Multinational corporations long have looked for growth opportunities in emerging markets. But after the Great Recession of 2007-2009, when developed economies effectively froze in place, their appetites only sharpened. And that hunger continues today. In 2014, according to the latest United Nations estimate, direct foreign investment (FDI) in emerging markets reached more than $700 billion — accounting for over half (56%) of all global FDI flows for the first time.
In a study we recently conducted of 150 North American and European-based companies with revenues over $1 billion, we found that along with growth, those investments can generate huge losses — more than $1 billion per responding company over the last five years. Those losses stemmed not from poor product, marketing, or supply chain decisions but from regulatory violations, loss of business and fines resulting from bribery and fraud, and concomitant reputational damage.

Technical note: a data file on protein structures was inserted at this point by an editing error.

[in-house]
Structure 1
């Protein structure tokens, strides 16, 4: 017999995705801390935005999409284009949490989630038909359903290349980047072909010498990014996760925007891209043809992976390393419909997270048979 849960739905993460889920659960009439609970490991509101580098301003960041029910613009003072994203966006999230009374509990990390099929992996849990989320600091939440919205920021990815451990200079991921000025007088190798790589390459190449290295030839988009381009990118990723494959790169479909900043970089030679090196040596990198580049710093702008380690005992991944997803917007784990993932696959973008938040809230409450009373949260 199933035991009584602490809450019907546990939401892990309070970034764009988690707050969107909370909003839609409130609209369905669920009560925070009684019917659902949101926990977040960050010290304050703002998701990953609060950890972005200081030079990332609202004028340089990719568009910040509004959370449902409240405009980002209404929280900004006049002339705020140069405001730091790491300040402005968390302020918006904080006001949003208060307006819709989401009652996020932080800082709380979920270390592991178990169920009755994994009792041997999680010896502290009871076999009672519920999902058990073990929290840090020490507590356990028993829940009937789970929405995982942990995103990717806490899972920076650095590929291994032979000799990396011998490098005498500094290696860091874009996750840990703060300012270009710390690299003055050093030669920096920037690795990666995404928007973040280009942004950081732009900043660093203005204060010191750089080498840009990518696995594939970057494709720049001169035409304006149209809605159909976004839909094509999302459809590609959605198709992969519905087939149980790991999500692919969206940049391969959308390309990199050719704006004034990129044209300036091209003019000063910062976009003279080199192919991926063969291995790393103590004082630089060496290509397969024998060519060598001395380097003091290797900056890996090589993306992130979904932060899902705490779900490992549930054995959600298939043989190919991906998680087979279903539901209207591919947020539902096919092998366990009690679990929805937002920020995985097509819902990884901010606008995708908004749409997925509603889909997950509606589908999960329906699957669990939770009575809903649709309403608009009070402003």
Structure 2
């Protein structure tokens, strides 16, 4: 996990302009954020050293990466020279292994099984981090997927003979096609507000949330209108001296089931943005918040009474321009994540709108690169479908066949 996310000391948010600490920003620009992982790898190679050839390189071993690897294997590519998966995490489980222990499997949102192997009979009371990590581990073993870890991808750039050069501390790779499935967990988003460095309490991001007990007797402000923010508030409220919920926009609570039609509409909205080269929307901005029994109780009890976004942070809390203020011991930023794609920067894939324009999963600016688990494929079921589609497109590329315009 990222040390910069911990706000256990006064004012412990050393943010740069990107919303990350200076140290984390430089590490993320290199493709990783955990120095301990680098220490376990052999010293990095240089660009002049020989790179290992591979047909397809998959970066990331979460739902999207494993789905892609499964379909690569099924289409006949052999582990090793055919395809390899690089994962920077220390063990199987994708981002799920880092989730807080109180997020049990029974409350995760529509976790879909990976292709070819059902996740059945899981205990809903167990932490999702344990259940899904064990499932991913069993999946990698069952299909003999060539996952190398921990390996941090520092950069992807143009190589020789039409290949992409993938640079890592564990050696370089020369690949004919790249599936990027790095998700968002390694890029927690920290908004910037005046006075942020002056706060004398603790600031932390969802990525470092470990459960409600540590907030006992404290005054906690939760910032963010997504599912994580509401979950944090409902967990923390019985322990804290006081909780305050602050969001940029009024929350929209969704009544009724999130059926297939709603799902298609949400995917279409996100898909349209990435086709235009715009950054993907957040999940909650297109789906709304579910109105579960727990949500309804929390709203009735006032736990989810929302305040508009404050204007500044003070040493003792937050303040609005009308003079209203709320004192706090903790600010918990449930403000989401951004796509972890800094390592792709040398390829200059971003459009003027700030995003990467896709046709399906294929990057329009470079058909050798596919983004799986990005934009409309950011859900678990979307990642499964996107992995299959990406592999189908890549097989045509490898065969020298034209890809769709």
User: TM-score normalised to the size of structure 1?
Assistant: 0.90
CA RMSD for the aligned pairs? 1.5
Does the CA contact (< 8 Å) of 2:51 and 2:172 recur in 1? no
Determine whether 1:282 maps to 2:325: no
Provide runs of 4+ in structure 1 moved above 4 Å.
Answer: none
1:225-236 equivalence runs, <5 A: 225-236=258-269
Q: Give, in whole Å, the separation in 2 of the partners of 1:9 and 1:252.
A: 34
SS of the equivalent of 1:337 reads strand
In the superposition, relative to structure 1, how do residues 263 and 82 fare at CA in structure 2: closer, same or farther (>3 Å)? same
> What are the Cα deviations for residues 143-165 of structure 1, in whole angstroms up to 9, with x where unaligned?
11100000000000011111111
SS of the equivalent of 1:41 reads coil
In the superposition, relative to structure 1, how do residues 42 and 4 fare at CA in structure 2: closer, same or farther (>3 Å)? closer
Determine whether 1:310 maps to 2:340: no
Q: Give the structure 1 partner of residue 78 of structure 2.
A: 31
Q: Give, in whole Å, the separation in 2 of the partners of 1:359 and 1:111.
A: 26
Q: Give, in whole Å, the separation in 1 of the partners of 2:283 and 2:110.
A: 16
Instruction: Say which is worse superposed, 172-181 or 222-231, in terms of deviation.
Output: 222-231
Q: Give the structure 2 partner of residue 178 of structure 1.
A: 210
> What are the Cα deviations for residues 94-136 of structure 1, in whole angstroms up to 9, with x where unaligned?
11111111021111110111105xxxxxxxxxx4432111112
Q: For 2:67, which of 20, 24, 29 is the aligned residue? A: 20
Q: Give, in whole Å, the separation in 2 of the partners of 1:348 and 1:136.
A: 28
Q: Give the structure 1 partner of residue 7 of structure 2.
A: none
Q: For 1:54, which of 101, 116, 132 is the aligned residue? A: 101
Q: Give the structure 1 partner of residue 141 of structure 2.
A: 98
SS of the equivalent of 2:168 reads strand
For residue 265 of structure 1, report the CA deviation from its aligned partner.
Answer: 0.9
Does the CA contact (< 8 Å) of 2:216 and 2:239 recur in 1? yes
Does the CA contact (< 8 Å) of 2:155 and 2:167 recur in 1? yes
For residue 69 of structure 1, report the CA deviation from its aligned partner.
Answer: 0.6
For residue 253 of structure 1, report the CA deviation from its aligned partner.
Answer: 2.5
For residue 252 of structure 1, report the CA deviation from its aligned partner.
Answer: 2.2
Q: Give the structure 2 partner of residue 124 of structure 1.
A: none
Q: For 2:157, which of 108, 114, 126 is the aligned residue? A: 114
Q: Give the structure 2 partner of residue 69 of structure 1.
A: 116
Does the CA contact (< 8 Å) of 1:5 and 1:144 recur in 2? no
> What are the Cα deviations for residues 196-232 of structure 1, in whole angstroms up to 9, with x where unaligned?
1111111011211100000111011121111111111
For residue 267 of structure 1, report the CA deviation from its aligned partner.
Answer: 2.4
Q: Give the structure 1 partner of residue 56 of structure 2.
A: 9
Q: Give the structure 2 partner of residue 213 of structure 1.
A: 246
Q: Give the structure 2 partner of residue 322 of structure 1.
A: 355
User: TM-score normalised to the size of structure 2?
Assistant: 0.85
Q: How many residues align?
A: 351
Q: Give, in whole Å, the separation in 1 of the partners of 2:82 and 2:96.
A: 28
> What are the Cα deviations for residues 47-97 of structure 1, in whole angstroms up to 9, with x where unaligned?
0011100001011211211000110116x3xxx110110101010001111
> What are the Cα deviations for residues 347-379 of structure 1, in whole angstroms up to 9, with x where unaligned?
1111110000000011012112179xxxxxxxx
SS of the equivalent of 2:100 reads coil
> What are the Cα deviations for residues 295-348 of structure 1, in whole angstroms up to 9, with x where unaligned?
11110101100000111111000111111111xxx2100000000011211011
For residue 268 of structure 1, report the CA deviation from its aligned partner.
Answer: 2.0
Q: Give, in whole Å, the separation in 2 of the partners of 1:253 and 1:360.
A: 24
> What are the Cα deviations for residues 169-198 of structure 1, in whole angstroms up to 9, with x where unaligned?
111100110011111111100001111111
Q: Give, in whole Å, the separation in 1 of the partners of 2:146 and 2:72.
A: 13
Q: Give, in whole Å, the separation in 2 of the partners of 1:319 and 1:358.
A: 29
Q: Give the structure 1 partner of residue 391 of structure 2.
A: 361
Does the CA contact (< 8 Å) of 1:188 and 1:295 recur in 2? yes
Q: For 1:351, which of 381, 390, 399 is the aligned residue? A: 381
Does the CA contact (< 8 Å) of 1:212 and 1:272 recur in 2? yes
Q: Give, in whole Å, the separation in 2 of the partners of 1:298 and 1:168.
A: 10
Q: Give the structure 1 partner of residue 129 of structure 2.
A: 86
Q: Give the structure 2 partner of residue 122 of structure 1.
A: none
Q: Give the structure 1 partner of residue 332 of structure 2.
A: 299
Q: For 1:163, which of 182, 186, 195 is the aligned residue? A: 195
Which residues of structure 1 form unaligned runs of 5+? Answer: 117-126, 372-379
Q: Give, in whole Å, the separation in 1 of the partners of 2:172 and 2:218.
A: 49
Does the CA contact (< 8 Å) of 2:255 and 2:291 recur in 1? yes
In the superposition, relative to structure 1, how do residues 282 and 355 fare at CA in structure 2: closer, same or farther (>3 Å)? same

Of course, everyone knows that conducting business in some of these markets can be risky. Regimes change, violence can erupt. Crime exacts a toll. Regulations change, often unexpectedly. Corruption and bribery may be more common than in more stable countries.
But how much do these hazards actually cost global companies in emerging markets? Which are the most costly? And, most importantly, how can businesses avoid falling prey to them and contain the losses they produce?
Our survey found that the vast majority (83%) of these companies have suffered significant losses since 2010. The average cost per company over that time has been $1.38 billion, with the cost per incident estimated at $325 million. The average total loss per year was $260 million, or 0.7% of annual revenues.
Those are the costs. What are the risks?
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